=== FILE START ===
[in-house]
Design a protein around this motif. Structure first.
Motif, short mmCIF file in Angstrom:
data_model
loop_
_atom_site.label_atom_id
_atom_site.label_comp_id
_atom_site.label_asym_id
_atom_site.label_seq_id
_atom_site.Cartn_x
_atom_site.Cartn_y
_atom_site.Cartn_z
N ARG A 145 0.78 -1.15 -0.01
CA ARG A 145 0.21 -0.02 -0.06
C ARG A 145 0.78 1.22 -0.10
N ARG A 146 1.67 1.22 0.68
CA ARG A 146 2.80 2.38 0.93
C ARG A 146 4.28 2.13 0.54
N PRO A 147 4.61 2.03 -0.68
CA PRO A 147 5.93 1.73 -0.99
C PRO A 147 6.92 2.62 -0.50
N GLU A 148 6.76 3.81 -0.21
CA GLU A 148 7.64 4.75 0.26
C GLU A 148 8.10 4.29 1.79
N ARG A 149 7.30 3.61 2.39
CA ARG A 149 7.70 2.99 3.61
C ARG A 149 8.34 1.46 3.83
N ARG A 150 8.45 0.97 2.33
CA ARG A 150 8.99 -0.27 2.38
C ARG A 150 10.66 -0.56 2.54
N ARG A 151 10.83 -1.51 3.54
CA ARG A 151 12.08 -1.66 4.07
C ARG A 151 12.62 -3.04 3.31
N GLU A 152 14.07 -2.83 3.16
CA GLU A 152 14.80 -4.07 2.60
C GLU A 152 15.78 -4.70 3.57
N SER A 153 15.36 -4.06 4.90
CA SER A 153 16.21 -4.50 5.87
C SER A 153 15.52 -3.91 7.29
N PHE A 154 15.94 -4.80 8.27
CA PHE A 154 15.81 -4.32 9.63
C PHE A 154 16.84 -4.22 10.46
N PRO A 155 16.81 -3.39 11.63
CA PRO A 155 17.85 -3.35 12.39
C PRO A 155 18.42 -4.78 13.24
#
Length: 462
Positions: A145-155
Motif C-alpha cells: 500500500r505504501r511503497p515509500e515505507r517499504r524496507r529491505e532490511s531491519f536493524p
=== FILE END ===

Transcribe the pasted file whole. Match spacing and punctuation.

[in-house]
Design a protein around this motif. Structure first.
Motif, short mmCIF file in Angstrom:
data_model
loop_
_atom_site.label_atom_id
_atom_site.label_comp_id
_atom_site.label_asym_id
_atom_site.label_seq_id
_atom_site.Cartn_x
_atom_site.Cartn_y
_atom_site.Cartn_z
N ARG A 145 0.78 -1.15 -0.01
CA ARG A 145 0.21 -0.02 -0.06
C ARG A 145 0.78 1.22 -0.10
N ARG A 146 1.67 1.22 0.68
CA ARG A 146 2.80 2.38 0.93
C ARG A 146 4.28 2.13 0.54
N PRO A 147 4.61 2.03 -0.68
CA PRO A 147 5.93 1.73 -0.99
C PRO A 147 6.92 2.62 -0.50
N GLU A 148 6.76 3.81 -0.21
CA GLU A 148 7.64 4.75 0.26
C GLU A 148 8.10 4.29 1.79
N ARG A 149 7.30 3.61 2.39
CA ARG A 149 7.70 2.99 3.61
C ARG A 149 8.34 1.46 3.83
N ARG A 150 8.45 0.97 2.33
CA ARG A 150 8.99 -0.27 2.38
C ARG A 150 10.66 -0.56 2.54
N ARG A 151 10.83 -1.51 3.54
CA ARG A 151 12.08 -1.66 4.07
C ARG A 151 12.62 -3.04 3.31
N GLU A 152 14.07 -2.83 3.16
CA GLU A 152 14.80 -4.07 2.60
C GLU A 152 15.78 -4.70 3.57
N SER A 153 15.36 -4.06 4.90
CA SER A 153 16.21 -4.50 5.87
C SER A 153 15.52 -3.91 7.29
N PHE A 154 15.94 -4.80 8.27
CA PHE A 154 15.81 -4.32 9.63
C PHE A 154 16.84 -4.22 10.46
N PRO A 155 16.81 -3.39 11.63
CA PRO A 155 17.85 -3.35 12.39
C PRO A 155 18.42 -4.78 13.24
#
Length: 462
Positions: A145-155
Motif C-alpha cells: 500500500r505504501r511503497p515509500e515505507r517499504r524496507r529491505e532490511s531491519f536493524p